Part of Winter 1996
Bodies careening through virtual worlds, their paths determined by gay desire…the body as commodity, the world as commodity, desire as commodity. The videos in tonight’s program are played out in the grand tradition of operatic scenarios with a libretto drawn from a new science fiction of the vulnerable male body.
New York artist Jim Anderson produces glossy hi-tech videos that are both advertisements and demonstrations of his art works. Trace Elements features a battalion of jock-strapped muscle boys in industrial overalls and gas masks who produce and install Anderson’s abstract sculptures. The four one-minute videos from Bliss Jag trace the downfall and humiliation of a rock star as he, along with a small cast of characters, demonstrates possible uses of Anderson’s sculptures that resemble electric guitar sex toys and bondage instruments.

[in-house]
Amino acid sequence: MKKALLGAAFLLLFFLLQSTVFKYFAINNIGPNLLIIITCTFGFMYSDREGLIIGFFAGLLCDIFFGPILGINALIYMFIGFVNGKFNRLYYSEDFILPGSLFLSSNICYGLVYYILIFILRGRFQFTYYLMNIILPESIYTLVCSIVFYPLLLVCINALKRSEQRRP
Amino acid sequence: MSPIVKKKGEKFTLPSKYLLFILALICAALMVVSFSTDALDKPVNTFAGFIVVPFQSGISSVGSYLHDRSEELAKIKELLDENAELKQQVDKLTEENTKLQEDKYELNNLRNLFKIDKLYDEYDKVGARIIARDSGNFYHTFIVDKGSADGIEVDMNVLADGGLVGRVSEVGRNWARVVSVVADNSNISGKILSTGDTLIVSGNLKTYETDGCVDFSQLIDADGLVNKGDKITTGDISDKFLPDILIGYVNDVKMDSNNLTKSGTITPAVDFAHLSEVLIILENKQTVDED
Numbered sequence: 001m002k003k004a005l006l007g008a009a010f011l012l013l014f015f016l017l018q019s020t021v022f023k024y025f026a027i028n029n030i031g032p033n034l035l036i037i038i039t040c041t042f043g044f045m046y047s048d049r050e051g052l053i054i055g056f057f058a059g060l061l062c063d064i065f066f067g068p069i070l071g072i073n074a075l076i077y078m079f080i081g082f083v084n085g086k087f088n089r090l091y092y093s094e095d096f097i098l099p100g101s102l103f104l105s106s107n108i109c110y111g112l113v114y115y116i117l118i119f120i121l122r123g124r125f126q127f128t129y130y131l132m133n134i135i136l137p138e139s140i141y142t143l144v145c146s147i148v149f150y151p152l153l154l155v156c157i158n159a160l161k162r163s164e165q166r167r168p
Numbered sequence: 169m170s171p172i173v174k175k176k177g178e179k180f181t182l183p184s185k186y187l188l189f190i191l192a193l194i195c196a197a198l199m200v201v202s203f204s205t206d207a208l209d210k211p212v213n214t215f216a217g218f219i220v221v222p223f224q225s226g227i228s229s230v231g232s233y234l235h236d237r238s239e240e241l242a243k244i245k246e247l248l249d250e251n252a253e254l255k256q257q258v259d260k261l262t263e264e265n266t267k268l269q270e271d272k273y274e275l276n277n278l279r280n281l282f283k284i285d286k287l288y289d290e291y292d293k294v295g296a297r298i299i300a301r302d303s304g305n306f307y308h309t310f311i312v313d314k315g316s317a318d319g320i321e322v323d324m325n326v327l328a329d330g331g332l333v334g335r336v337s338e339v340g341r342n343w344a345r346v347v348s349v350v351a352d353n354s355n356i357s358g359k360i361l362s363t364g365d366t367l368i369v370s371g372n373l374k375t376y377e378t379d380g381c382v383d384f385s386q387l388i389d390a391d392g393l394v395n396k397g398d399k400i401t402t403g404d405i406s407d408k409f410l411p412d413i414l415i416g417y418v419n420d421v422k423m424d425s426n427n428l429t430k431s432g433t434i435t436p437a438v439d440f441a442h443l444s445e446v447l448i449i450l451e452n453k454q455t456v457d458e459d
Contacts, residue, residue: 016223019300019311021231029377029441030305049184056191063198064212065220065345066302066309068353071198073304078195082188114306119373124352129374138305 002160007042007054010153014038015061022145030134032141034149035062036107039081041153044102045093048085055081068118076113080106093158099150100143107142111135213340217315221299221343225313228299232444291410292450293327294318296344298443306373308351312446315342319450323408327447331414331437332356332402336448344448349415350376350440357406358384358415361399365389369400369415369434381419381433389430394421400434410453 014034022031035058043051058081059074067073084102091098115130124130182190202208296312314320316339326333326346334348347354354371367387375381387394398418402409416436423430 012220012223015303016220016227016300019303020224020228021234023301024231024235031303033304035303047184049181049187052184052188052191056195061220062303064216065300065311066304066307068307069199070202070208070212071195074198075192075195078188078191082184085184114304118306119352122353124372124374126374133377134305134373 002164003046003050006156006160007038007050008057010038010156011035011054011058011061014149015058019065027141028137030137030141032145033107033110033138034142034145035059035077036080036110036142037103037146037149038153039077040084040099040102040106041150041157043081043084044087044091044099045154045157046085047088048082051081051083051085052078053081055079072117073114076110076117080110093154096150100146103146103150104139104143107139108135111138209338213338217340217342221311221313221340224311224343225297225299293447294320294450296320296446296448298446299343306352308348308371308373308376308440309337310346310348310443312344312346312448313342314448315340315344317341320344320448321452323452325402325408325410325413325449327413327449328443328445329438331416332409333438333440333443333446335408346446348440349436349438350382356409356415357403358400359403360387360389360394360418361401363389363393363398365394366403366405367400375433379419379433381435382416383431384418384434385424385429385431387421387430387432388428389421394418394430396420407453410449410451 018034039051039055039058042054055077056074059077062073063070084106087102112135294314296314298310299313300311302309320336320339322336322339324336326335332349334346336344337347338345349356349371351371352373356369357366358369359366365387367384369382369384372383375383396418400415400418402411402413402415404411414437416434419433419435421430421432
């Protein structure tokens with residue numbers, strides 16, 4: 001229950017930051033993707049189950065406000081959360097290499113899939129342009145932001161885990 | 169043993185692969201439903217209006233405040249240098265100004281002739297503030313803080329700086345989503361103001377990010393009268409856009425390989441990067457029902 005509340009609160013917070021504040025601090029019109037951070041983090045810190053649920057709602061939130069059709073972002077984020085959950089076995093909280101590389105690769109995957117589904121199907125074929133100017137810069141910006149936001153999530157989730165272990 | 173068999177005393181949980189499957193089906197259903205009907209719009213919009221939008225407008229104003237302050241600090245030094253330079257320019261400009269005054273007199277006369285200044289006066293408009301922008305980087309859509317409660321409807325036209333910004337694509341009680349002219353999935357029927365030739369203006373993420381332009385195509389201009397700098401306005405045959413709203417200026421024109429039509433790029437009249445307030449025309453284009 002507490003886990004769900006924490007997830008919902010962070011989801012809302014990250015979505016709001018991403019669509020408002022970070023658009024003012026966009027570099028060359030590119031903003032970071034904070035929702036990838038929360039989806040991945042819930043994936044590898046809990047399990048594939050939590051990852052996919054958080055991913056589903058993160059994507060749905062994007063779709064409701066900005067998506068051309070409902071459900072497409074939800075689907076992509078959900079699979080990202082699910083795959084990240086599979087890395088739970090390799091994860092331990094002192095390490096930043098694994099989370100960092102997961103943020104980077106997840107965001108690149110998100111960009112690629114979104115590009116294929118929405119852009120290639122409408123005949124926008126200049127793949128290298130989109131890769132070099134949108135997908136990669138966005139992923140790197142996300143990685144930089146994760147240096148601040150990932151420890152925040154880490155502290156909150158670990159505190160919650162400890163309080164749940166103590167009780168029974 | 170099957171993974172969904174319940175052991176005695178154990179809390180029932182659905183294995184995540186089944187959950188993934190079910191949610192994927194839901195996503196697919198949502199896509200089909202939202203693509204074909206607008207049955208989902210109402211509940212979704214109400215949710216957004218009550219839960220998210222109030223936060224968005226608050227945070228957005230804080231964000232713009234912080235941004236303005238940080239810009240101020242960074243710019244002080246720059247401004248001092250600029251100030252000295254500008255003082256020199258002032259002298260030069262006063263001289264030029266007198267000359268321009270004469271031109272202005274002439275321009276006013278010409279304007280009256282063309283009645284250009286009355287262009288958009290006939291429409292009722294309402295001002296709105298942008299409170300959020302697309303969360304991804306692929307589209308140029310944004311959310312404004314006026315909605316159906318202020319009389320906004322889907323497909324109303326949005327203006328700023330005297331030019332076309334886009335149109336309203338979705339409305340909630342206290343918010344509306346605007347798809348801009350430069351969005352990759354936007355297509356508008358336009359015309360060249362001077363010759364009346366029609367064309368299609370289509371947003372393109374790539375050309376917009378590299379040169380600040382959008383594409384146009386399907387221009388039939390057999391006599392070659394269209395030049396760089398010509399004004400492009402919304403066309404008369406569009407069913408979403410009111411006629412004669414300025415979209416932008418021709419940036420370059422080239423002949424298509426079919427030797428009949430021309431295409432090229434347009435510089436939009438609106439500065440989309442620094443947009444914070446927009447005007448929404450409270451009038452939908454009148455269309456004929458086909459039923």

British artist Michael Curran’s videos are lo-tech: single-shot, stationary camera. In Amami Se Vuoi the artist, scrawny and ordinary looking, lies naked on a table. A fully clothed stud crouches over him and spits into his mouth for the video’s duration. In L’heure Autosexuelle a woman sits in a chair as a Beatles song plays, oblivious to the artist hanging upside-down and spinning wildly around her.
John Maybury, a protege of Derek Jarman, recently won the LA Critics Prize for Remembrance of Things Fast. The latest computer technology is used to create dazzling dramatic universes of polysexual desire. Complex and seductive, the video features Rupert Everett and Tilda Swinton.